Opinion | ‘NIMBY’ in Evanston

Exploring residents’ attempts to dismantle the work of the Margarita Inn

Sophia Sherman, Opinion Editor

Nestled in the heart of downtown Evanston, near popular landmarks such as Five & Dime and Bennison’s Bakery, lies the Margarita Inn: a long-term homeless shelter emblematic of everything this city prides itself on. Unlike Evanston’s overnight emergency shelters, the Inn allows residents to stay there during the day, keeping them off the streets and providing opportunities to find permanent housing. Inside, the Inn retains much of its charm as a former European-inspired boutique hotel; the walls are still lined with wood paneling, with each room highlighting its signature midnight blue color. Since 2020, more than 300 people, 80 percent of whom are Evanston residents, have found a temporary home in the Margarita Inn.

In a city as supposedly welcoming and forward-thinking as Evanston, one would expect that such a revolutionary solution to homelessness would be welcomed and even celebrated by its residents. Unfortunately, a movement that can only be described as ‘NIMBY,’ or ‘Not in My Backyard’ has made its way into the pillars of Evanston, harming the Inn’s prospects of permanently taking over the space.

As Homeless Hub explains, “NIMBY, an acronym for ‘Not In My Backyard,’ describes the phenomenon in which residents of a neighborhood designate a new development (e.g. shelter, affordable housing, group home) or change in occupancy of an existing development as inappropriate or unwanted for their local area. The opposition to affordable, supportive or transitional housing is usually based on the assumed characteristics of the population that will be living in the development. Common arguments are that there will be increases in crime, litter, thefts, violence and that property taxes will decrease. The benefits for the residents of the development are often ignored.”

With regards to the Margarita Inn, residents have embodied this ‘NIMBY’ mindset in their attempts to dismantle Connections for the Homeless’ goal to renew its special use permit—a necessity to continue its operations in the space. Since February of 2022, the process has been widely publicized, as residents bombard City Council meetings to voice unfounded complaints over things such as crime rates—all of which has been disproven over and over again by Connections for the Homeless. Even after businesses, city residents, Margarita Inn residents and Connections for the Homeless collaborated together to create their Good Neighbor Agreement, allowing for oversight of the Inn’s work with a revocable permit, people continue to undermine its objectives.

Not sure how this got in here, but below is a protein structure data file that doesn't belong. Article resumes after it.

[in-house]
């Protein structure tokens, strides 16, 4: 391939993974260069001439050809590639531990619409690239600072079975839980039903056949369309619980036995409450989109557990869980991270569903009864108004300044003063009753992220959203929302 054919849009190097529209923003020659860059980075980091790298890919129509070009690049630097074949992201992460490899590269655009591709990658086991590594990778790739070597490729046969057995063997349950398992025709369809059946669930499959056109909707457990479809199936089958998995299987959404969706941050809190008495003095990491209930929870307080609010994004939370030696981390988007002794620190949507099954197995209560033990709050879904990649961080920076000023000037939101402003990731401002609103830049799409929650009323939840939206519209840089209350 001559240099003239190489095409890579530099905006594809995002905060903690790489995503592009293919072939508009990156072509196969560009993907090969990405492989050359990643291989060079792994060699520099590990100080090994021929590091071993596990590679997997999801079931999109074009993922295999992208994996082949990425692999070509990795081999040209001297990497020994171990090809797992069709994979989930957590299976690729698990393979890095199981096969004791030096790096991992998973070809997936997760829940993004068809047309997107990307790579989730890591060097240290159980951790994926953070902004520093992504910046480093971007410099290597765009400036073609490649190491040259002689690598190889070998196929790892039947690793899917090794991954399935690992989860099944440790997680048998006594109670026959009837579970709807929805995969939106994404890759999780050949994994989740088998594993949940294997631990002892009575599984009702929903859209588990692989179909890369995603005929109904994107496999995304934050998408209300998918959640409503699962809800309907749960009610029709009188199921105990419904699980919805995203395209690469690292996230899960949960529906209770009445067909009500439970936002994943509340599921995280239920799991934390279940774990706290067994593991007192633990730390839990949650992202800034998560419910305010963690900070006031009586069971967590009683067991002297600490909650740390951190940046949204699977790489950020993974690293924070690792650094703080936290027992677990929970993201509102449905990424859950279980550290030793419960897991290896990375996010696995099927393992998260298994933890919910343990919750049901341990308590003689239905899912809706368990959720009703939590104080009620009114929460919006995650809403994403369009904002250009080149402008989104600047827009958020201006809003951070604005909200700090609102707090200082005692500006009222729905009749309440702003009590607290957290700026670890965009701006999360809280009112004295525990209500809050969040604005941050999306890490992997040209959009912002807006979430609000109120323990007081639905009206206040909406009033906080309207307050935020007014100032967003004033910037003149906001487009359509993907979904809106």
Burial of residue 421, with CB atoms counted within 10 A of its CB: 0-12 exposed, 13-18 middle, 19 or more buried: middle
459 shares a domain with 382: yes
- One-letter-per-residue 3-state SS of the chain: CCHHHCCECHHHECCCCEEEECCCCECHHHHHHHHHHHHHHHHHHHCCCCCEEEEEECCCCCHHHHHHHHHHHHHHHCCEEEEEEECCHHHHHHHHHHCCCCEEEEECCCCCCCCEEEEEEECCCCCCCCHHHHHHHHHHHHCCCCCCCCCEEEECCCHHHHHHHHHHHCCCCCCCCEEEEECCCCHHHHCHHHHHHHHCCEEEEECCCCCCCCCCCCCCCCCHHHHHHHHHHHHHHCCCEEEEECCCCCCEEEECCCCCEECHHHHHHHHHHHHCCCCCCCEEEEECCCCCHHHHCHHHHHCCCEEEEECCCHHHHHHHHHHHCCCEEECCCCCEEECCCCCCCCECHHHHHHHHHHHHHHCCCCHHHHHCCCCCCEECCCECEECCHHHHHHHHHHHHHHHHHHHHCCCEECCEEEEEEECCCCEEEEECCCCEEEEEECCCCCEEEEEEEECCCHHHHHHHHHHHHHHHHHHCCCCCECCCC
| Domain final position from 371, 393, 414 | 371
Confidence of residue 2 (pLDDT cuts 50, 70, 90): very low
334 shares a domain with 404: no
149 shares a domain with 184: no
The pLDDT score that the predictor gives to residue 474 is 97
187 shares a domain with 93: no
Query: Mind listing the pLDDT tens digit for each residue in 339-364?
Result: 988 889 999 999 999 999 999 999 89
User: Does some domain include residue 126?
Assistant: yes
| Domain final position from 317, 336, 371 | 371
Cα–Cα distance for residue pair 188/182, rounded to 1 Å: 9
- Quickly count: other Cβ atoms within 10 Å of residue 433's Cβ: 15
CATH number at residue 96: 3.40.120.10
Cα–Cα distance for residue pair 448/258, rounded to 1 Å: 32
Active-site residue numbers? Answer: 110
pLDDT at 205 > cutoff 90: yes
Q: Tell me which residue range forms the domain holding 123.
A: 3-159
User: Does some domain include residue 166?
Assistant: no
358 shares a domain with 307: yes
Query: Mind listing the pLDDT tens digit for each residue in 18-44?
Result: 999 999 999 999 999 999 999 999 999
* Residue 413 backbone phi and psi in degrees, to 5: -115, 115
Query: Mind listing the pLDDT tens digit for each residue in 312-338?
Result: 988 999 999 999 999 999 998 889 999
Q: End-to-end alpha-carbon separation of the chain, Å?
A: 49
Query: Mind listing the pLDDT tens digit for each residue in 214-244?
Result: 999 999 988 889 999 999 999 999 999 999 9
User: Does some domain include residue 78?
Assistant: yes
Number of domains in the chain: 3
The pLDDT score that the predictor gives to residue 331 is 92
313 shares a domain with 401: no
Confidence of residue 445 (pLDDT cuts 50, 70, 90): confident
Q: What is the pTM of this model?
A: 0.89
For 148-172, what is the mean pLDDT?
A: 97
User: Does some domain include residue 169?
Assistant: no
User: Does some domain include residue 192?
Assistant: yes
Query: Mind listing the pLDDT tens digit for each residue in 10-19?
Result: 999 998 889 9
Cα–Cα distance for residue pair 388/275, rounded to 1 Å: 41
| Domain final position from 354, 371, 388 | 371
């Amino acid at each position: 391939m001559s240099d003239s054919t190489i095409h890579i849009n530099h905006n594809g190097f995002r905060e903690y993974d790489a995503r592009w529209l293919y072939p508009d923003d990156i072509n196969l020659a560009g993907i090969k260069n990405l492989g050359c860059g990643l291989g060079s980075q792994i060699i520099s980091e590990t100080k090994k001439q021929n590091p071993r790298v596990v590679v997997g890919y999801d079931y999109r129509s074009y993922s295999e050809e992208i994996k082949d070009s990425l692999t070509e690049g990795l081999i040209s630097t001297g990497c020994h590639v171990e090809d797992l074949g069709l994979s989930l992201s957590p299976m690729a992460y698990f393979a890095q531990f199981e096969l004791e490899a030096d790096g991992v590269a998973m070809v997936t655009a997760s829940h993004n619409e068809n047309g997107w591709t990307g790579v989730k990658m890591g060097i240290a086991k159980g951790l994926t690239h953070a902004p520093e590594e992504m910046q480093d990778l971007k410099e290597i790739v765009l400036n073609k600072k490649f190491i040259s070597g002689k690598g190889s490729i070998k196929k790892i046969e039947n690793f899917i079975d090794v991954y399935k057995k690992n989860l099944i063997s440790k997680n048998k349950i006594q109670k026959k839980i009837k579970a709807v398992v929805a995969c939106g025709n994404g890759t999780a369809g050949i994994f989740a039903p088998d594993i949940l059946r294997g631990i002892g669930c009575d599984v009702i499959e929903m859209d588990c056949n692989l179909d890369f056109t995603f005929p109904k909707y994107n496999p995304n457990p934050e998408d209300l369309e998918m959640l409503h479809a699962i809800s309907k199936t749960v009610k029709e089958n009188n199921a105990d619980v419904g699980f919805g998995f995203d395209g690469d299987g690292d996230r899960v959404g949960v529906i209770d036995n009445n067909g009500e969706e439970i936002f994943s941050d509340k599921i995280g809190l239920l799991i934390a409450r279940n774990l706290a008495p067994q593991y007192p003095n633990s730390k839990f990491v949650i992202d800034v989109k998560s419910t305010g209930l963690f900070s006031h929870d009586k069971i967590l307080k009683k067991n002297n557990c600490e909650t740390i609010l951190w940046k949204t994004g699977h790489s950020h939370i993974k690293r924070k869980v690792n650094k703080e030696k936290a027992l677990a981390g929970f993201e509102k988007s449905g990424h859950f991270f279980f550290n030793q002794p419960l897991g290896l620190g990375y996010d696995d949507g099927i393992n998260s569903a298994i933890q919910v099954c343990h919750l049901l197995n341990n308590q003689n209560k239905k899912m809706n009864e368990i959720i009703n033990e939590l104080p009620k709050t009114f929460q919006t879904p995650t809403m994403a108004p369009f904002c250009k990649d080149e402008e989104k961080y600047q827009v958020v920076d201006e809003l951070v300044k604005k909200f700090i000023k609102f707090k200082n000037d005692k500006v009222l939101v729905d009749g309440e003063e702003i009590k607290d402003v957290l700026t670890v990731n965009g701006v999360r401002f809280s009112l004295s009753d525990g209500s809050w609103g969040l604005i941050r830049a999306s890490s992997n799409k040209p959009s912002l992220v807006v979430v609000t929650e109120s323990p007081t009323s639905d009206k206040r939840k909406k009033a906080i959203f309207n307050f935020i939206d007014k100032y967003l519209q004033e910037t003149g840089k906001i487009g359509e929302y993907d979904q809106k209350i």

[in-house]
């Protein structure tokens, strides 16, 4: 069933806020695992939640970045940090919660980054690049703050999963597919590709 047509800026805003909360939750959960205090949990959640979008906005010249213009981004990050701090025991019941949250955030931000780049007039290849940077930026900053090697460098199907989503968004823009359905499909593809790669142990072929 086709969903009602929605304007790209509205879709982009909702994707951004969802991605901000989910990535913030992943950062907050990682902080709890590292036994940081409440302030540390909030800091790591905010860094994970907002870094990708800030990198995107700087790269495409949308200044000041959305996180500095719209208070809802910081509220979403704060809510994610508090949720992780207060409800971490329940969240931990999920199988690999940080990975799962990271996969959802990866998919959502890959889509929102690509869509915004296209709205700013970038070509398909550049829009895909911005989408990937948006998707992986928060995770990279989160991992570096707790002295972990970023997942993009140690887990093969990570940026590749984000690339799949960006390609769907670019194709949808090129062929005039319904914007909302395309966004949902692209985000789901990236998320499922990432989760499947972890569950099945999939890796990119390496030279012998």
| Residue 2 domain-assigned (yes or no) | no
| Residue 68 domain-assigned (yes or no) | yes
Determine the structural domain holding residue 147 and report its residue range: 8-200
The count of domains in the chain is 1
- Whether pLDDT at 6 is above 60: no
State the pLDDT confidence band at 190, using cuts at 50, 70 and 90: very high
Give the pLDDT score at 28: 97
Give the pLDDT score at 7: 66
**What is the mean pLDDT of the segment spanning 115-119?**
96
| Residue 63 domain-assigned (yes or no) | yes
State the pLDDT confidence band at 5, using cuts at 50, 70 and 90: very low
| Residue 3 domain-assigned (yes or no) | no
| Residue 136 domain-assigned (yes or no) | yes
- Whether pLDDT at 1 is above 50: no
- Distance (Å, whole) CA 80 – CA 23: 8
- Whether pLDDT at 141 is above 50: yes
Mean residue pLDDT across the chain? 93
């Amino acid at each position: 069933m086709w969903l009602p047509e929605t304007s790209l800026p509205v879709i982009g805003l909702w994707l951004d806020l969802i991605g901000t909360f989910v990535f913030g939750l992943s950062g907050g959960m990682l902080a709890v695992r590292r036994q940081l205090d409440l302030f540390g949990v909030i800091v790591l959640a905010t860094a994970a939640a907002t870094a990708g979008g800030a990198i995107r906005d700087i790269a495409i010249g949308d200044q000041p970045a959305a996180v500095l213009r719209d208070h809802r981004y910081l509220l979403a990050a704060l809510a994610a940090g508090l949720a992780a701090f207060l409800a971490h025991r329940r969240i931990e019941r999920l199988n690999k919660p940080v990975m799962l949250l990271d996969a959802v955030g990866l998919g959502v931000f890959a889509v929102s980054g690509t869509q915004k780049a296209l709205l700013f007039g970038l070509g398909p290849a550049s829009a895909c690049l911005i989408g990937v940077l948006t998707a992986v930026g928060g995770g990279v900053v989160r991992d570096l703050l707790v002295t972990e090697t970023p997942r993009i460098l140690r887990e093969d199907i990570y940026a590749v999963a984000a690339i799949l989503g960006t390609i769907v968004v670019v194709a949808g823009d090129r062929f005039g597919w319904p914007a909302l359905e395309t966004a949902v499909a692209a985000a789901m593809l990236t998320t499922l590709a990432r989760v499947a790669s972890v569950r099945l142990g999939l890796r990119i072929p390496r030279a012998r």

“I wish I could explain the pushback surrounding the Margarita. The arguments against the Margarita, including those regarding crime [and] police activity have been disproved. The crime rate in the neighborhood has been relatively stable over the years,” Connections for the Homeless Chief Development Officer Nia Tavoularis explains. “Connections has a growing relationship with the Evanston police that has improved communications and data sharing.”

When considering the few events at the Margarita Inn that did require police presence, of which were likely linked to underlying physical and mental illnesses, these rare occurrences still do not justify ceasing the Inn’s operations. They do not justify leaving vulnerable people out on the streets, still struggling from the mental health problems that, oftentimes, were what led to their state of homelessness in the first place. Instead, this serves as justification that the city needs to do more in addition to allowing a non-profit to support its homeless population at no cost. Rehabilitation programs need to go hand-in-hand with the work from the Margarita Inn, and that responsibility shouldn’t fall solely to Connections for the Homeless: it should go to the city.